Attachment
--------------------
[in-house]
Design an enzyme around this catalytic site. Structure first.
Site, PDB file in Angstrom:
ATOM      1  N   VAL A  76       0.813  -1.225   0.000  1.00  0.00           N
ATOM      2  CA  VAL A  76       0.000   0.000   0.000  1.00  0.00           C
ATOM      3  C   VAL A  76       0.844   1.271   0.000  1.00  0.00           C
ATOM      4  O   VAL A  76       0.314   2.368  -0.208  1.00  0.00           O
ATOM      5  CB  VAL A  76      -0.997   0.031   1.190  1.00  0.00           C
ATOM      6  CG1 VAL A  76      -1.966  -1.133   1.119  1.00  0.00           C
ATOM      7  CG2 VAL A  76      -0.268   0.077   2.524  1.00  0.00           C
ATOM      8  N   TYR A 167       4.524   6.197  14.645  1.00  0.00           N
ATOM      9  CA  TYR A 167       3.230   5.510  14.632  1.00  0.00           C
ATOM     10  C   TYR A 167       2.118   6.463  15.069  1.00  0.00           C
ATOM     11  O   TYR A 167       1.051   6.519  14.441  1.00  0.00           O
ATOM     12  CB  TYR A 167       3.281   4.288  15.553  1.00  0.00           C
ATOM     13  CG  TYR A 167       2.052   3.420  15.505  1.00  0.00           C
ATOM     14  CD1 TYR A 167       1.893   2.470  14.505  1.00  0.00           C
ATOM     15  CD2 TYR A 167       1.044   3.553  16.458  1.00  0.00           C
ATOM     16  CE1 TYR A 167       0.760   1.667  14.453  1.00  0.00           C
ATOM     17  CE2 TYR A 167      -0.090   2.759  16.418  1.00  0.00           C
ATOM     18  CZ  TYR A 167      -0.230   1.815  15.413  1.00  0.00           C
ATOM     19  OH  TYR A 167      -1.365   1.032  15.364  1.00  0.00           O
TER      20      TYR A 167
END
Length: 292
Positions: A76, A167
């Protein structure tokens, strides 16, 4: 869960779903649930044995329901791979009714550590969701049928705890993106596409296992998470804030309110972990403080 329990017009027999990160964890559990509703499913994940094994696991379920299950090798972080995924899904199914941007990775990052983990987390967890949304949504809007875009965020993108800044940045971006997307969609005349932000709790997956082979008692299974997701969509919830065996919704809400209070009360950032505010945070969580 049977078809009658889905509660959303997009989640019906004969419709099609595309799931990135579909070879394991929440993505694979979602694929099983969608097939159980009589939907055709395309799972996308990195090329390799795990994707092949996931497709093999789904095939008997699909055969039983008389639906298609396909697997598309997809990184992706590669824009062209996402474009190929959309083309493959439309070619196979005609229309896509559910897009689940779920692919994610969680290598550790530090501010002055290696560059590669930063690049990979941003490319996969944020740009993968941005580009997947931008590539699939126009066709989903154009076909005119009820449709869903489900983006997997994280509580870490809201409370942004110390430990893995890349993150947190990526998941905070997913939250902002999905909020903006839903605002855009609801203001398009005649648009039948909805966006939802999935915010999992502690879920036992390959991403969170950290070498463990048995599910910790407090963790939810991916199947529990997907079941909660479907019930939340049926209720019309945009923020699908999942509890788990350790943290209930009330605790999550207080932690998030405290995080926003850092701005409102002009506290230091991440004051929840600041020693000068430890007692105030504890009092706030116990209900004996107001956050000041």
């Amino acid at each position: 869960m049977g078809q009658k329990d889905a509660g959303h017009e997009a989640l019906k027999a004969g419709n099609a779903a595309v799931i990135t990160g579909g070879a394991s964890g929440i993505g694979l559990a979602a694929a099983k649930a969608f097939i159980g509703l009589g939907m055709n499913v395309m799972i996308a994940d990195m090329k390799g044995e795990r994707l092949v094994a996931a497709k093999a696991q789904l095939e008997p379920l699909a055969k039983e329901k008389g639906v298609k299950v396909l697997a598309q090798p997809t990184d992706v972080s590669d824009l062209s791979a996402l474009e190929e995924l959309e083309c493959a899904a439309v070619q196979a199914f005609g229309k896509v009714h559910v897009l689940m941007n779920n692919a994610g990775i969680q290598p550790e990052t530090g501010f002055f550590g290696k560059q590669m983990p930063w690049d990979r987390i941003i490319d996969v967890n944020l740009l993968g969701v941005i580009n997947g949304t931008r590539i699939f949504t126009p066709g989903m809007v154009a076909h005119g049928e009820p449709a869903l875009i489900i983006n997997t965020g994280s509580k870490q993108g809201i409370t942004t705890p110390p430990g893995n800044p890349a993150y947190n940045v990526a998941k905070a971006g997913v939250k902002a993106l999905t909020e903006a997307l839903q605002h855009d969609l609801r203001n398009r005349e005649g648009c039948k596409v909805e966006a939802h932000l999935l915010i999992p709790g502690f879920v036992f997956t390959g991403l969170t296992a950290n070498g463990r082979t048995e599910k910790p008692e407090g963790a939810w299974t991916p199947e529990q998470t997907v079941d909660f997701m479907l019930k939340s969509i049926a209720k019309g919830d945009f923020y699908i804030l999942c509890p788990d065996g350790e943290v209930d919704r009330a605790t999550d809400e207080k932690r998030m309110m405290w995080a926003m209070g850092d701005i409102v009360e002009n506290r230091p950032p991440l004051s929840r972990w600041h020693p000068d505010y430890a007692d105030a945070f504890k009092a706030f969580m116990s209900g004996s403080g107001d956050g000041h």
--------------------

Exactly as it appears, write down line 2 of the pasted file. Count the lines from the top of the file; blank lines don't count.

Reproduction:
Design an enzyme around this catalytic site. Structure first.